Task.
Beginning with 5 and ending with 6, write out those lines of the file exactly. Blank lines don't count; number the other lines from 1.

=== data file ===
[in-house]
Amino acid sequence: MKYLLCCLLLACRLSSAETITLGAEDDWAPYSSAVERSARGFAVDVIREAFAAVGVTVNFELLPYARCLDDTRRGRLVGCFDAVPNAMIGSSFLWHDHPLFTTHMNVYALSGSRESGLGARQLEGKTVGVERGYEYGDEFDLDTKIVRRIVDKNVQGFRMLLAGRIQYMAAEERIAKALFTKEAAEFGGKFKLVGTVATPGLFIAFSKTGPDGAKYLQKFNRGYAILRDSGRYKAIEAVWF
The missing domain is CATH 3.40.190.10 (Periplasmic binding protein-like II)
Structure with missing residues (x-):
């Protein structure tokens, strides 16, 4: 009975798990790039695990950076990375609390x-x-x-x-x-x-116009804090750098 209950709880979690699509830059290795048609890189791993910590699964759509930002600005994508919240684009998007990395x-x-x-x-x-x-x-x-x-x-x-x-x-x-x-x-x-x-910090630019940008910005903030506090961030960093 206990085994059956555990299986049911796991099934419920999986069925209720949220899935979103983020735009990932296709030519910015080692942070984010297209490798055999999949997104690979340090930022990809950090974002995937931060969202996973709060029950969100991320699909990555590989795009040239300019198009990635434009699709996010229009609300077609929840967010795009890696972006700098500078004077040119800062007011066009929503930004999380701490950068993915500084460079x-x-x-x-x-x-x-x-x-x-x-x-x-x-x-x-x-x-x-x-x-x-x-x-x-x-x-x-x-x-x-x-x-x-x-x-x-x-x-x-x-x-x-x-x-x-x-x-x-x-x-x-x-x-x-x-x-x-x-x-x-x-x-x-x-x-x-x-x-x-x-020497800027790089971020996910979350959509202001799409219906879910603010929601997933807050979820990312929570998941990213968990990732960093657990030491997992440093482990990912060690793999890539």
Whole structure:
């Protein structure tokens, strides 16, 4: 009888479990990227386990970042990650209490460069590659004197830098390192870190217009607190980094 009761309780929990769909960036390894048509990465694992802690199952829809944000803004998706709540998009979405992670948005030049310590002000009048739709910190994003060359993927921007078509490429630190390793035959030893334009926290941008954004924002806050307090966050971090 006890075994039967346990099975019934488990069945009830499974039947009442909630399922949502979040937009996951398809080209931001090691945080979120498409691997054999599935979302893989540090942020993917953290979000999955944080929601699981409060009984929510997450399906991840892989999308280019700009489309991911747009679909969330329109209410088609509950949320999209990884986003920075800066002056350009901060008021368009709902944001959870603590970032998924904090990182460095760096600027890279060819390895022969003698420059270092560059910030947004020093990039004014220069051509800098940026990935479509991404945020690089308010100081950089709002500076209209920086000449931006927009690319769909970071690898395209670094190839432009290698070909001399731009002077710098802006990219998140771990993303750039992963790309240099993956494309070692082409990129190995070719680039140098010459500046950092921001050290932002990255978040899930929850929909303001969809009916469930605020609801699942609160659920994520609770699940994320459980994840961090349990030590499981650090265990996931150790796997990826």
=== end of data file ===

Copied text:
């Protein structure tokens, strides 16, 4: 009975798990790039695990950076990375609390x-x-x-x-x-x-116009804090750098 209950709880979690699509830059290795048609890189791993910590699964759509930002600005994508919240684009998007990395x-x-x-x-x-x-x-x-x-x-x-x-x-x-x-x-x-x-910090630019940008910005903030506090961030960093 206990085994059956555990299986049911796991099934419920999986069925209720949220899935979103983020735009990932296709030519910015080692942070984010297209490798055999999949997104690979340090930022990809950090974002995937931060969202996973709060029950969100991320699909990555590989795009040239300019198009990635434009699709996010229009609300077609929840967010795009890696972006700098500078004077040119800062007011066009929503930004999380701490950068993915500084460079x-x-x-x-x-x-x-x-x-x-x-x-x-x-x-x-x-x-x-x-x-x-x-x-x-x-x-x-x-x-x-x-x-x-x-x-x-x-x-x-x-x-x-x-x-x-x-x-x-x-x-x-x-x-x-x-x-x-x-x-x-x-x-x-x-x-x-x-x-x-x-020497800027790089971020996910979350959509202001799409219906879910603010929601997933807050979820990312929570998941990213968990990732960093657990030491997992440093482990990912060690793999890539």
Whole structure: